Larissa was born in the late 1980s and happily lived with her grandmother and aunt for years. Then her mother was awarded custody and took the eight-year-old to live in what Larissa described as ‘a house of horrors’. While her younger brother was well treated, Larissa was subjected to numerous assaults by her mother and stepfather, including being stabbed, burnt, beaten, and ‘treated like a slave’. Her grandfather laughingly called her ‘Cinderella’. Larissa was sexually abused by her stepfather, an uncle and several different boarders staying in the house.
In 2000, it became known that Larissa was being physically and sexually abused and she was removed from school and placed in emergency foster care. She found the experience frightening as she was questioned by police, South Australian Family Services and the school counsellor at the same time as her mother verbally abused her. A succession of temporary and permanent foster placements followed until at 13, Larissa was placed into the care of an older woman for whom she had a lot of respect. ‘No matter how much crap I gave her or I threw at her, she still stuck around.’ Larissa often slept on the woman’s bedroom floor because she was petrified of someone coming and hurting her.
‘I was bashing myself up. I was pretty traumatised by the time I even got there. She got me medicated for wetting the bed, I was still wetting the bed.’
As part of the permanent care arrangement, Larissa was occasionally sent to another woman’s home for respite care. Mrs Hawkins lived alone and cared for several girls. Her son, Donald, was a regular visitor to the house and would transport the children to and from school and take them on outings, where he would abuse them. Larissa knew he was assaulting at least one of the other girls, because she saw it. ‘He always gave us money, alcohol, cigarettes and marijuana. Whatever we wanted, it was given to us.’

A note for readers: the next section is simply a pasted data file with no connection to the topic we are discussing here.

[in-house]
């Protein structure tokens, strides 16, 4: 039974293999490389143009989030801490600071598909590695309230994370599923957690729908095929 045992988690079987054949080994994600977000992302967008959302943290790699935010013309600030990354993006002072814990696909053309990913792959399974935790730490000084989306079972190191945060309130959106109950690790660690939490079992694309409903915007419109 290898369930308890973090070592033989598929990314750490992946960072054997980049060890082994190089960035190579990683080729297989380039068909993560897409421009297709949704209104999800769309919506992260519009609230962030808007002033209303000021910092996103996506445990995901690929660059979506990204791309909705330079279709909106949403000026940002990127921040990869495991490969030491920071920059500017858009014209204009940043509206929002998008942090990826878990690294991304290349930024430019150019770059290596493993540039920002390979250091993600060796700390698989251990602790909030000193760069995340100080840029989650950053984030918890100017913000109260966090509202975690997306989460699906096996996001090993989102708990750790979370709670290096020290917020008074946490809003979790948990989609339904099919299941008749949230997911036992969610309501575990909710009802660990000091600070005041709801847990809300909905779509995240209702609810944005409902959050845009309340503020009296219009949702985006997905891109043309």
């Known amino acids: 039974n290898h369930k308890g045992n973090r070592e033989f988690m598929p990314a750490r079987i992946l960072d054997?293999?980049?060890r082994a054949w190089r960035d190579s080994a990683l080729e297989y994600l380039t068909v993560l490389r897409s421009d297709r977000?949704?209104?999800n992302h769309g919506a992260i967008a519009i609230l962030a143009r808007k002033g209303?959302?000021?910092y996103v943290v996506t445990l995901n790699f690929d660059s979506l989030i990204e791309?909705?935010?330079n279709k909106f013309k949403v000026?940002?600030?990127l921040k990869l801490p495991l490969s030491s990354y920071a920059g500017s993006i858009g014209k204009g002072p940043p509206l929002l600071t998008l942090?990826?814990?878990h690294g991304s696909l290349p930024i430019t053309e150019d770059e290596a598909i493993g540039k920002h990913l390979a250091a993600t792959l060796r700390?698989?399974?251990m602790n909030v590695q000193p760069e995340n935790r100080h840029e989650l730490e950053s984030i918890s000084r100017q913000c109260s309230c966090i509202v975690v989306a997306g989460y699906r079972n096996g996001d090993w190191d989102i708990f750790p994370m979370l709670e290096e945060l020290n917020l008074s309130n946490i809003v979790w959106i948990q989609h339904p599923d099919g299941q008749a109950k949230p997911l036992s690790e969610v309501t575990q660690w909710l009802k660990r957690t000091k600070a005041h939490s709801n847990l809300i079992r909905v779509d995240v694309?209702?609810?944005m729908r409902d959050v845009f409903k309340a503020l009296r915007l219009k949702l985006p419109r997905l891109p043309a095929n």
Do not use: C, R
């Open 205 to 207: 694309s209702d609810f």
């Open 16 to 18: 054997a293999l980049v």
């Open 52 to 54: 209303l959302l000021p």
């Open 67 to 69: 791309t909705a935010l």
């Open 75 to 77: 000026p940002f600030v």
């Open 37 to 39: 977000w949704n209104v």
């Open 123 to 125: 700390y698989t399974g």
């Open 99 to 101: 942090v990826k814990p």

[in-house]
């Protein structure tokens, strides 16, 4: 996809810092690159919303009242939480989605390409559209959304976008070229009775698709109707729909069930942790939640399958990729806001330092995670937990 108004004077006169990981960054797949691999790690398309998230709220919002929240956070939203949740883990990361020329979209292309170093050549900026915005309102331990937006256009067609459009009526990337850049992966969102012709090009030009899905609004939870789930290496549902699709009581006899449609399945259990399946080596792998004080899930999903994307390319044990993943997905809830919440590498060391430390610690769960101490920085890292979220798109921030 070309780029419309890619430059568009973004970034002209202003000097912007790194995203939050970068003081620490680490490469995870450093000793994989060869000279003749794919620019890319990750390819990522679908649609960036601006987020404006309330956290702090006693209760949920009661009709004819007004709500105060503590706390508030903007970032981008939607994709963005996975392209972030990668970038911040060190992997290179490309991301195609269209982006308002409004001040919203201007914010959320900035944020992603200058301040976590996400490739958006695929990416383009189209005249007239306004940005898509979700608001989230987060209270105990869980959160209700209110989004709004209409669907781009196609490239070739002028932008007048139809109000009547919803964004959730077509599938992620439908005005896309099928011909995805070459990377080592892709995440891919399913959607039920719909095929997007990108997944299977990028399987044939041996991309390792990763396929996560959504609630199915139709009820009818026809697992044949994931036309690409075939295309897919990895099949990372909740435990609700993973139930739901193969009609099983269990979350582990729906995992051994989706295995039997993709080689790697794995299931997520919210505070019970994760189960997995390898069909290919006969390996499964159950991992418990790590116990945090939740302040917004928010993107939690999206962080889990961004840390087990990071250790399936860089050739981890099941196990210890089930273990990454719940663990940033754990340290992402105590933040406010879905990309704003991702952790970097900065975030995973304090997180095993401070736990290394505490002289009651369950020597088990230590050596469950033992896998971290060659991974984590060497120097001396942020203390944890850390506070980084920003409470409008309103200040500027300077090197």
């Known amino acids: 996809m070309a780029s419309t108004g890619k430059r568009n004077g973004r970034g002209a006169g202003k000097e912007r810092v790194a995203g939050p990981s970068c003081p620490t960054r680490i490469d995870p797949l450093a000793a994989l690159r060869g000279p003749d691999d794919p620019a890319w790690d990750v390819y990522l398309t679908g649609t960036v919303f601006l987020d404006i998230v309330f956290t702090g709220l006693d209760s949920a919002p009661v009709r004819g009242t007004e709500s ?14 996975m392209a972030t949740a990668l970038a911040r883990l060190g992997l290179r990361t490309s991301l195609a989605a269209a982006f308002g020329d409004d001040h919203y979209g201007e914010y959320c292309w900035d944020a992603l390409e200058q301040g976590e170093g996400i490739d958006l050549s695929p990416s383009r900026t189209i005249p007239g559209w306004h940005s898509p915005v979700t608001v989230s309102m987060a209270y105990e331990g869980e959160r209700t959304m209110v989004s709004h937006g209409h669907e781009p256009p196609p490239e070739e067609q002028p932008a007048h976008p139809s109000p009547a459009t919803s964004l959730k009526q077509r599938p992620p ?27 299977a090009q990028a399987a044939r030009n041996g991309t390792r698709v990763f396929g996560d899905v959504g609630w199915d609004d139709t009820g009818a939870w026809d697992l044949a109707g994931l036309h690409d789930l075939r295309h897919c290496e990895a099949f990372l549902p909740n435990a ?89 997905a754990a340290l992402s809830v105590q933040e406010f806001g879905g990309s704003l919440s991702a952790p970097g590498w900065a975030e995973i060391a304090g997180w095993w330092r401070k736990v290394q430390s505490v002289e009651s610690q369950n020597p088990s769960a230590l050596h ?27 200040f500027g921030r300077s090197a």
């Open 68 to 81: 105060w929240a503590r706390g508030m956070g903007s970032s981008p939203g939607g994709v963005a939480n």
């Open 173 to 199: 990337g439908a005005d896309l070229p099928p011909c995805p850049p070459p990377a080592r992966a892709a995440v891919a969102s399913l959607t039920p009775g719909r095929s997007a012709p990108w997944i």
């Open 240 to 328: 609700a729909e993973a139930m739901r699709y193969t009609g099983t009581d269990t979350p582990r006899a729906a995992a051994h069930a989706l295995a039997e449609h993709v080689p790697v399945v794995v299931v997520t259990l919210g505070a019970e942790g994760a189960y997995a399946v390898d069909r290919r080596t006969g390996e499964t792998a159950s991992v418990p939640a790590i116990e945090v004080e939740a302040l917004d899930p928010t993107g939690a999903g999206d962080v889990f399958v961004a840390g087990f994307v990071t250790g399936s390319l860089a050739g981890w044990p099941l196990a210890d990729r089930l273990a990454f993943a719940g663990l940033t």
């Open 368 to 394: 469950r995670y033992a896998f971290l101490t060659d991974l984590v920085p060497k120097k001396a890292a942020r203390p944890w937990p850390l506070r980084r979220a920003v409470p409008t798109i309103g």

Hawkins was reported to police when a girl visiting the house told her parents that Hawkins had attempted to molest her. South Australia Police interviewed all the girls and Larissa disclosed that she had been sexually abused by Hawkins for a period of a year. They asked her what she wanted to do and she replied that he should be given a warning. Her statement when she later saw it documented her as saying: ‘There is no point in making a statement given that people usually believe adults and children are not believed’.
Larissa told the Commissioner that the years of abuse in the family home and with Hawkins caused terrible feelings later.
‘I’ve got chronic depression, panic attacks and anxiety. I can’t handle public places … like I’ve been bulimic, I’ve been anorexic, I’ve tried committing suicide so many times. Pretty much, my head is my worst enemy, to say the least.’
She described a habit she had of dissociating and this put feelings of distance between her and her long-term partner, as well as the elder of her daughters.
‘I force myself to stay … in the relationship, not because I don’t love him but I disattach myself. I don’t trust people how I should and he knows I care for him, but there’s times where I’m just like, “Leave me the hell alone, don’t go near me”. And he’s probably a really decent guy who has stuck through pretty much everything I’ve thrown at him. I’d be the worst person in the world and he still would stay and that makes me upset, that he stays, knowing that he might be able to get something that is more better or someone that can give him 110 per cent.’
An attempt by Larissa to take legal action against the South Australian government for the abuse by Donald Hawkins was thwarted when she was erroneously advised that because it was a civil matter she’d have to bear legal costs and could end up being charged herself for bringing the matter to court. ‘I’m just like, “Whoa, I didn’t do anything wrong. Why should I be charged?” So no matter what angle I have tried, I can’t get anyone to take responsibility for their actions.’
She remains hopeful about pursuing counselling options even though she hasn’t had success thus far. ‘I want to heal. I want help. I want to not be who I am. I want to be happy and not scared. I don’t want to have to fear if I’m alone, what is going to happen. Like my girls suffer because of my trauma that I’ve experienced.’